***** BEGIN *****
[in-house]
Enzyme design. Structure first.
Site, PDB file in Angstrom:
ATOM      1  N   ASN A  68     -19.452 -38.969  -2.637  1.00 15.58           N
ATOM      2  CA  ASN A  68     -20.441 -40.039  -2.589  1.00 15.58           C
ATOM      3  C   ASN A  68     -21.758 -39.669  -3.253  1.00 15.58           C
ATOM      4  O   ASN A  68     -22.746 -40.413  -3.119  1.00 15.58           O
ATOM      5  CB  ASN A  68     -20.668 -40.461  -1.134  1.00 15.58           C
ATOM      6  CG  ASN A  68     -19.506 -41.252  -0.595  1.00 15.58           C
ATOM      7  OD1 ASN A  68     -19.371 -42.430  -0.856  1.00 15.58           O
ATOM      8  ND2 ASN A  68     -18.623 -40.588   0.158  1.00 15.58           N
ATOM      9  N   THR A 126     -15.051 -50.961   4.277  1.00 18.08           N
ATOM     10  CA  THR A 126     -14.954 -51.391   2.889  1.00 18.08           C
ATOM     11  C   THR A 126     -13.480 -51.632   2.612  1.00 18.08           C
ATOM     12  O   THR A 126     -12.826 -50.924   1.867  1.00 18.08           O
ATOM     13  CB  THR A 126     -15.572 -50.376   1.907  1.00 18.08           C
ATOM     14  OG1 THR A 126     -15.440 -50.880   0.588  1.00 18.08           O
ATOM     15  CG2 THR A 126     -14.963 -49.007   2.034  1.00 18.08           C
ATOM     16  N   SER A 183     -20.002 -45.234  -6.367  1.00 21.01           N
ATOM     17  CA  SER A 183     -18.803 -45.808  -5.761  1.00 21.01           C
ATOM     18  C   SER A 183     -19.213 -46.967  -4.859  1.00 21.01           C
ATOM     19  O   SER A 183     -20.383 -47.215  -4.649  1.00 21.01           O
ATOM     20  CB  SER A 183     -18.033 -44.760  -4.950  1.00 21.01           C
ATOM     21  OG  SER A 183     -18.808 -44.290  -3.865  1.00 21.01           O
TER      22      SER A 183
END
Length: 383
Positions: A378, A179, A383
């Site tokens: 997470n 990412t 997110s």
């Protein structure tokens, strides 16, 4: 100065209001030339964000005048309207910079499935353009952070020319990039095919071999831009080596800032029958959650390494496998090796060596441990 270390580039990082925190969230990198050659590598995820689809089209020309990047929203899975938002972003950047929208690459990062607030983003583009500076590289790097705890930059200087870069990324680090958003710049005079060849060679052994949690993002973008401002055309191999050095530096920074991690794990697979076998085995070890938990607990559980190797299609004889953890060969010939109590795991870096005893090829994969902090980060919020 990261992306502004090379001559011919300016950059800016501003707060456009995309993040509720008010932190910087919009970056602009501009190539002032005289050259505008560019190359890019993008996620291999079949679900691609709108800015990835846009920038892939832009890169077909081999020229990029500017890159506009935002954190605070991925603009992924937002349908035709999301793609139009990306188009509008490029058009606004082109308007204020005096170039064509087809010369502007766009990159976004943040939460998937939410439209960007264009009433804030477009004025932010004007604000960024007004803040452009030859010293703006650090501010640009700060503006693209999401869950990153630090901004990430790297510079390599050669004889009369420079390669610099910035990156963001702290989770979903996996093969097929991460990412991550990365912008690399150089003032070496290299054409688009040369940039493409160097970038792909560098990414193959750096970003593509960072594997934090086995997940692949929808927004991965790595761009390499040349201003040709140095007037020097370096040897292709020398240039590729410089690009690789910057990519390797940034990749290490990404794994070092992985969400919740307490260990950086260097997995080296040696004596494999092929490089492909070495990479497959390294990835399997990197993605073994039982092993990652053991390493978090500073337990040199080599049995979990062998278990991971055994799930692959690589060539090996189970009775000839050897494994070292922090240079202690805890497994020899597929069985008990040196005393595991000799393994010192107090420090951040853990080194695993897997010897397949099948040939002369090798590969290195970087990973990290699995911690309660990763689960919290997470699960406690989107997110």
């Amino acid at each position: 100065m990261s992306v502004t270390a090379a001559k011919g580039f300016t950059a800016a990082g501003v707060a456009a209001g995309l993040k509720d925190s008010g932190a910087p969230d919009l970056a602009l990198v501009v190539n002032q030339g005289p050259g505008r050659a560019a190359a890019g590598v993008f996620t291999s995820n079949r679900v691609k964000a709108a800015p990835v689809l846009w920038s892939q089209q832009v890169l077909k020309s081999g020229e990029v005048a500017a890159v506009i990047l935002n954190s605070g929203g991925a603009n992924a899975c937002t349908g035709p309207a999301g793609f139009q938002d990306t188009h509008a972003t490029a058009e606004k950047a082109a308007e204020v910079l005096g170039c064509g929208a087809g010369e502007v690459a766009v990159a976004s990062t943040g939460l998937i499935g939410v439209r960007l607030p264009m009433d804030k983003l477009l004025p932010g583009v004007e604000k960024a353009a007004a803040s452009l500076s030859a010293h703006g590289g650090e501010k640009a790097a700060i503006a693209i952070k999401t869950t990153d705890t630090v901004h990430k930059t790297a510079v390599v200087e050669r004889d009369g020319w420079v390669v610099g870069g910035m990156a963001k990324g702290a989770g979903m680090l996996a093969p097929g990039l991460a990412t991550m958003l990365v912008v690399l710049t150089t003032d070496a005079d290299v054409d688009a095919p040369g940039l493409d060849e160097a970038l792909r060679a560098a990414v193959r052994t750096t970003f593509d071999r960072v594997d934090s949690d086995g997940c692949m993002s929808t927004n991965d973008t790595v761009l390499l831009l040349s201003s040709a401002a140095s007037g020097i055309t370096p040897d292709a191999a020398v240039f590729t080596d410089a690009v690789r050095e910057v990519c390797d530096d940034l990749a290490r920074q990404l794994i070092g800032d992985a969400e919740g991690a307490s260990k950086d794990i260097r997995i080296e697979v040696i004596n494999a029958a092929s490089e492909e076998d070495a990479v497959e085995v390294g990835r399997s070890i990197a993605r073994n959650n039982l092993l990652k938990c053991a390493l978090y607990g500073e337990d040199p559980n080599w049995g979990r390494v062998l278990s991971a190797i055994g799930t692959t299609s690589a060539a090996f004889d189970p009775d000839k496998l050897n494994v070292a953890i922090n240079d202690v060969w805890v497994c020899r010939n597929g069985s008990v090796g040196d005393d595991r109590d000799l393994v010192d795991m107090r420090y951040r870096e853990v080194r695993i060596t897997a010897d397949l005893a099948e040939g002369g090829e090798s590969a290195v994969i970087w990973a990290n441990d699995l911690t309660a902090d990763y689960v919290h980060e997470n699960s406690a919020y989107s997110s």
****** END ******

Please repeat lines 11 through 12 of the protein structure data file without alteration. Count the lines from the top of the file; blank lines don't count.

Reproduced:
ATOM      8  ND2 ASN A  68     -18.623 -40.588   0.158  1.00 15.58           N
ATOM      9  N   THR A 126     -15.051 -50.961   4.277  1.00 18.08           N